Conclusion:

Editing and formatting are very good, I noticed no obvious glitches that would have impeded my ability to understand the content herein. Layout adheres to Rogue Genius Games' printer-friendly two-column standard and the pdf comes with nice full-color stock art. The pdf comes fully bookmarked.

Rick Howard and Mike Welham deliver an array of feats that manage to not bore me, which, at this point, is quite a feat. get it. Ouch. Yeah, I know, I'll put a buck in the bad joke jar. Kidding aside - I like the basic premise of story feats and the story feats provided herein greatly expand the cool concept by filling the gaps left by the original introduction in Ultimate Campaign. Generally, I would have enjoyed it if some of the story feats herein had been a bit braver - there are quite a few that do some combination skill-bonus stuff, which, while nice to have, has been done before. Some more synergy with perhaps Downtime, other feats, perhaps even, dare I say it, Story Feat-trees, would have made this pdf even better. As written, it is an enjoyable read that has crunch for once properly support the story and not vice versa, which is a good thing in my book. At least if DM and player have agreed upon story feats, which they should. Communication here is necessary and valuable, but this basic good provided as a prerequisite, I think these feats will have something to add to the campaigns. My final verdict will hence clock in at 4.5 stars, rounded up to 5 for the purpose of this platform.

Endzeitgeist out.



Rating:
[5 of 5 Stars!]
Ultimate Options: Story Feats
Publisher: Rogue Genius Games
by Megan R. [Featured Reviewer]
Date Added: 06/11/2014 10:55:21

Story feats first hit our gaming tables with Paizo's "Ultimate Campaign" supplement. They're feats which reflect a goal that the character has, and incorporate a trigger event, the normal sort of benefit that any feat confers, the goal the character is trying to achieve and a further reward that comes when that goal is achieved. The trigger event can either come from the character's background or from something that happens during the campaign itself. They provide an excellent way of linking a character more closely with the ongoing story that you are all trying to tell as the campaign plays out.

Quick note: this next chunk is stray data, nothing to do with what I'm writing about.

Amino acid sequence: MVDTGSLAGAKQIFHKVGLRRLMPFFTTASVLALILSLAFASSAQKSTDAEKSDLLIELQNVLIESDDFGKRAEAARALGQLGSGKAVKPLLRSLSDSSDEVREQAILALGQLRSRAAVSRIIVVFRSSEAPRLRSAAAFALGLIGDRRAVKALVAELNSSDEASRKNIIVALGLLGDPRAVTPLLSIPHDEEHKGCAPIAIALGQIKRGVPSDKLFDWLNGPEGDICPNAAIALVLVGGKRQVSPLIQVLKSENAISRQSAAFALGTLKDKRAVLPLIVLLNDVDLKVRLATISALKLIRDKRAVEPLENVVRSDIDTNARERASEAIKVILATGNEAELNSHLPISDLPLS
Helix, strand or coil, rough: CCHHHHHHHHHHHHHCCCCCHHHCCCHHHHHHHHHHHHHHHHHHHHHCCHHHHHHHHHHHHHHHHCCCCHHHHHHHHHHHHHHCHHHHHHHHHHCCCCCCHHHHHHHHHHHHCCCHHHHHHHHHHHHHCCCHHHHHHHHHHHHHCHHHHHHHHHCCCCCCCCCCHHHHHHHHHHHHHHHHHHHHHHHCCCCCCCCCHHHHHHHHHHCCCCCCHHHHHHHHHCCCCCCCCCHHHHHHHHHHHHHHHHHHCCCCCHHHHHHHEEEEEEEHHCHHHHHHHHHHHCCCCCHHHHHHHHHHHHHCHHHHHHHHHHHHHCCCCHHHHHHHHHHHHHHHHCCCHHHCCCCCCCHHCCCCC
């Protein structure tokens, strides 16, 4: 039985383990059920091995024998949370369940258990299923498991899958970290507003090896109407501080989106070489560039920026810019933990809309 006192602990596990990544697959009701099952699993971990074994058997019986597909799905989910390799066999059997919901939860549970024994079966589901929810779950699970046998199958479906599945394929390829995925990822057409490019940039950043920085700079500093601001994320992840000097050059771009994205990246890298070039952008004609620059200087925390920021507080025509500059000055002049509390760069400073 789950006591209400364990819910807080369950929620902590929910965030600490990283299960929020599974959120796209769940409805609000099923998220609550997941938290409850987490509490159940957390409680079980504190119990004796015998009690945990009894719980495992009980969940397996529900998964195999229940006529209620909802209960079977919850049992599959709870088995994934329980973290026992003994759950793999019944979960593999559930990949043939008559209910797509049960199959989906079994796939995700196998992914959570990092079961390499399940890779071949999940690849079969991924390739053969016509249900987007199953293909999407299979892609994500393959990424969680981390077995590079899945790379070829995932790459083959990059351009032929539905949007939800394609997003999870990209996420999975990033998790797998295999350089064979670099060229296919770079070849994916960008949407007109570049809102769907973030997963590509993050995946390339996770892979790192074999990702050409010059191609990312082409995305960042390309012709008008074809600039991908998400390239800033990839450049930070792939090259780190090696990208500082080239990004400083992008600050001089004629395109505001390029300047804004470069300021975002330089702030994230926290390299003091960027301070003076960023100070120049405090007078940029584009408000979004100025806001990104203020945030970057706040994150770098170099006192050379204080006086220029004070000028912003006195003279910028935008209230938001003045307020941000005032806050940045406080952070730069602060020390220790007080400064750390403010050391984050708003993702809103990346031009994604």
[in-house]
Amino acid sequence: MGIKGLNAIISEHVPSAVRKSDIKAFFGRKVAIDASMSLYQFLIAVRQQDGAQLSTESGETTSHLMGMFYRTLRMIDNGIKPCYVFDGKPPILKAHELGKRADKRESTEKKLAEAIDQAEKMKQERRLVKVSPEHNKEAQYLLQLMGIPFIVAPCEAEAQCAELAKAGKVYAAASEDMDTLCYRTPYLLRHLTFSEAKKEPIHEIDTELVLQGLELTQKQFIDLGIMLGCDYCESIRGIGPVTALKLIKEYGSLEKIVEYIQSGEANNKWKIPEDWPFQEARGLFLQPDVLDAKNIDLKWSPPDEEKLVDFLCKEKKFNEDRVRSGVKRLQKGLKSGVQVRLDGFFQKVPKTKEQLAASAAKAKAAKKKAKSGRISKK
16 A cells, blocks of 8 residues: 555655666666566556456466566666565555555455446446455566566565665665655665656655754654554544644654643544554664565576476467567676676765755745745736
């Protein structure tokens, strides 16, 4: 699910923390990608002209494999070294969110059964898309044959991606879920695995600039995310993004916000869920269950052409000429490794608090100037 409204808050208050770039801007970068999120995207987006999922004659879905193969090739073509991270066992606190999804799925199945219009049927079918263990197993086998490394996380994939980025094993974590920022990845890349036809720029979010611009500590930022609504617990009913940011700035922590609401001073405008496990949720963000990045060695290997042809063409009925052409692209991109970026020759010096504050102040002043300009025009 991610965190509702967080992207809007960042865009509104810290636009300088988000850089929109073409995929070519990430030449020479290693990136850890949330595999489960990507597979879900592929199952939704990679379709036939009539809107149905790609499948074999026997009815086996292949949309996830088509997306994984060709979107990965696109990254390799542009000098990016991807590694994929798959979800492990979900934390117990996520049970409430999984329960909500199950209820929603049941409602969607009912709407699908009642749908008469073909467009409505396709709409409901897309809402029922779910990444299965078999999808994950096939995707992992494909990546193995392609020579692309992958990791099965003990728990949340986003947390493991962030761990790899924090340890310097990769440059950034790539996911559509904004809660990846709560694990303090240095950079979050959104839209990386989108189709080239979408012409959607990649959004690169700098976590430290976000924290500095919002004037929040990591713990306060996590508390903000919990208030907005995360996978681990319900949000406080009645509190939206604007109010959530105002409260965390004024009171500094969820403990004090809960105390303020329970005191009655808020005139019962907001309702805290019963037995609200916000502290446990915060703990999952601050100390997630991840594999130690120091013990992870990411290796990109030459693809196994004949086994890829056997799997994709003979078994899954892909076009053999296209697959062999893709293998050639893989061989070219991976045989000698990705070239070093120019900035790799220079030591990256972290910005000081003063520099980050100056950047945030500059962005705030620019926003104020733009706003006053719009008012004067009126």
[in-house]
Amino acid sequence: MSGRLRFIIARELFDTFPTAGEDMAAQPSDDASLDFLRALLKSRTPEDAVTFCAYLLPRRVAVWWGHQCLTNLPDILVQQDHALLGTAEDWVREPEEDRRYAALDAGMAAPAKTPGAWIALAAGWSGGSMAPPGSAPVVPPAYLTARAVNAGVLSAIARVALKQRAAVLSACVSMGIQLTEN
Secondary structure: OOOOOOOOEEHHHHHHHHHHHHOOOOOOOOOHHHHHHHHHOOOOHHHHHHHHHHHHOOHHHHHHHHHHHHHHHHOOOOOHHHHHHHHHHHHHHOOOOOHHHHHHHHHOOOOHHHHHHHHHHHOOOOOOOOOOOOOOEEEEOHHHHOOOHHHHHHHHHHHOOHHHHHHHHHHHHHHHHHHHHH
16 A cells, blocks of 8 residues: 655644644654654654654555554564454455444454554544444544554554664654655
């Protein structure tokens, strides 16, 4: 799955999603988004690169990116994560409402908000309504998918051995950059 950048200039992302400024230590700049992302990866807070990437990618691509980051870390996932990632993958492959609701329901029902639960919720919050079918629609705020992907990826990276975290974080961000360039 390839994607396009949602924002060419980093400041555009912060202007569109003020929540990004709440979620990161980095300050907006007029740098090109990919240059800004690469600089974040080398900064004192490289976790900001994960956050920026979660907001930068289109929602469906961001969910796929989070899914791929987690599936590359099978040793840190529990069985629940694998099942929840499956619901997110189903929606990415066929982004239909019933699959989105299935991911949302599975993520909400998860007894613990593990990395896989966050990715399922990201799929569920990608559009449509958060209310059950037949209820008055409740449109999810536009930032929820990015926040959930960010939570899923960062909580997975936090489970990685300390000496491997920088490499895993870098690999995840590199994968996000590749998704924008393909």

This work contains a selection of new story feats from which you can choose. The trigger events for all of them are based on background for obvious reasons - no book author can predict events in your game! Naturally, it is easy enough to take events from your game and match them to an appropriate story feat as their trigger event. It's something that GM and player will do in collaboration when the player's character next qualifies for a feat. Likewise, the completion conditions can be quite vague even if they sound specific, the GM will have to create appropriate opportunities for the character to achieve them.

Many of the new feats have considerable potential to actually drive a plot forwards, or even create a whole new one of their own. Enterprising GMs may find inspiration here and then seek to persuade a suitable character to take on the relevant story feat.

One particularly interesting one is Embodiment (Vice) - it's based around the classic seven deadly sins, one of which you must choose as the vice of which you wish to become the very embodiment. A common trigger is to be a devotee of a faith that espouses the vice in question. The completion target will naturally vary depending on the one chosen, and tends to be somewhat broader than with other story feats. There's also a neat little quirk: any action the character takes that moves him further from his goal causes the loss of the feat's benefit until he performs some act of contrition. This may be a GM-determined action, use of the atonement spell or other appropriate deed.

Well worth a look, especially for those running or playing complex story-driven campaigns.



Rating:
[5 of 5 Stars!]
Displaying 1 to 2 (of 2 reviews) Result Pages:  1